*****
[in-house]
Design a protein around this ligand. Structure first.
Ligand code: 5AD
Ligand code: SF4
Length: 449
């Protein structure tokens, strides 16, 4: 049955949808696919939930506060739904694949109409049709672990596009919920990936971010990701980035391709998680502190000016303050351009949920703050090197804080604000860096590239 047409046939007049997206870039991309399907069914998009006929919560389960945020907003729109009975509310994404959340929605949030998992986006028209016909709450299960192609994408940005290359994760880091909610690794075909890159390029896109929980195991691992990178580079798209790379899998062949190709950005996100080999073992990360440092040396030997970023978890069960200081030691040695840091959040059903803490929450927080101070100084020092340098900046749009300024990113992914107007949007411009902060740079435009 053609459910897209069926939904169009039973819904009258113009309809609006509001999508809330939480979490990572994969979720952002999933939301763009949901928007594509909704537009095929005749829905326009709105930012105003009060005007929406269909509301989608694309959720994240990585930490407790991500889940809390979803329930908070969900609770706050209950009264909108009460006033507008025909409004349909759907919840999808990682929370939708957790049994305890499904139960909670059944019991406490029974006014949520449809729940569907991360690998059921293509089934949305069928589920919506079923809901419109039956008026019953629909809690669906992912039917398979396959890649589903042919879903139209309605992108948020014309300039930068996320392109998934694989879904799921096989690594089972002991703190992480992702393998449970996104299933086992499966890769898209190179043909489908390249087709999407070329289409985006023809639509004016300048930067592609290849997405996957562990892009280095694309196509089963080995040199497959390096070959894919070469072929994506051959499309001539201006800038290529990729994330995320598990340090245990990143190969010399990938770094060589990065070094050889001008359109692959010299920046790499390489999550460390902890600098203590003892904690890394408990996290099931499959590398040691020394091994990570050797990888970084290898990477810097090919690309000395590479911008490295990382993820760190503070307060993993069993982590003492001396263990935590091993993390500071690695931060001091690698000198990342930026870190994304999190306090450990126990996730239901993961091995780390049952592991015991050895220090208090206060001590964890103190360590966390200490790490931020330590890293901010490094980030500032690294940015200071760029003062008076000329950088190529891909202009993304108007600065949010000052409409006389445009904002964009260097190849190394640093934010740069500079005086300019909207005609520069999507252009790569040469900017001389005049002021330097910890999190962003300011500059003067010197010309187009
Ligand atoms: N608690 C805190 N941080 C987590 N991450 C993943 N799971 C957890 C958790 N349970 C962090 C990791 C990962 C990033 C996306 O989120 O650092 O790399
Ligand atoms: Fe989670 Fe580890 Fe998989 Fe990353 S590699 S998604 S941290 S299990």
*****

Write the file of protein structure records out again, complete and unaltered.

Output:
[in-house]
Design a protein around this ligand. Structure first.
Ligand code: 5AD
Ligand code: SF4
Length: 449
């Protein structure tokens, strides 16, 4: 049955949808696919939930506060739904694949109409049709672990596009919920990936971010990701980035391709998680502190000016303050351009949920703050090197804080604000860096590239 047409046939007049997206870039991309399907069914998009006929919560389960945020907003729109009975509310994404959340929605949030998992986006028209016909709450299960192609994408940005290359994760880091909610690794075909890159390029896109929980195991691992990178580079798209790379899998062949190709950005996100080999073992990360440092040396030997970023978890069960200081030691040695840091959040059903803490929450927080101070100084020092340098900046749009300024990113992914107007949007411009902060740079435009 053609459910897209069926939904169009039973819904009258113009309809609006509001999508809330939480979490990572994969979720952002999933939301763009949901928007594509909704537009095929005749829905326009709105930012105003009060005007929406269909509301989608694309959720994240990585930490407790991500889940809390979803329930908070969900609770706050209950009264909108009460006033507008025909409004349909759907919840999808990682929370939708957790049994305890499904139960909670059944019991406490029974006014949520449809729940569907991360690998059921293509089934949305069928589920919506079923809901419109039956008026019953629909809690669906992912039917398979396959890649589903042919879903139209309605992108948020014309300039930068996320392109998934694989879904799921096989690594089972002991703190992480992702393998449970996104299933086992499966890769898209190179043909489908390249087709999407070329289409985006023809639509004016300048930067592609290849997405996957562990892009280095694309196509089963080995040199497959390096070959894919070469072929994506051959499309001539201006800038290529990729994330995320598990340090245990990143190969010399990938770094060589990065070094050889001008359109692959010299920046790499390489999550460390902890600098203590003892904690890394408990996290099931499959590398040691020394091994990570050797990888970084290898990477810097090919690309000395590479911008490295990382993820760190503070307060993993069993982590003492001396263990935590091993993390500071690695931060001091690698000198990342930026870190994304999190306090450990126990996730239901993961091995780390049952592991015991050895220090208090206060001590964890103190360590966390200490790490931020330590890293901010490094980030500032690294940015200071760029003062008076000329950088190529891909202009993304108007600065949010000052409409006389445009904002964009260097190849190394640093934010740069500079005086300019909207005609520069999507252009790569040469900017001389005049002021330097910890999190962003300011500059003067010197010309187009
Ligand atoms: N608690 C805190 N941080 C987590 N991450 C993943 N799971 C957890 C958790 N349970 C962090 C990791 C990962 C990033 C996306 O989120 O650092 O790399
Ligand atoms: Fe989670 Fe580890 Fe998989 Fe990353 S590699 S998604 S941290 S299990």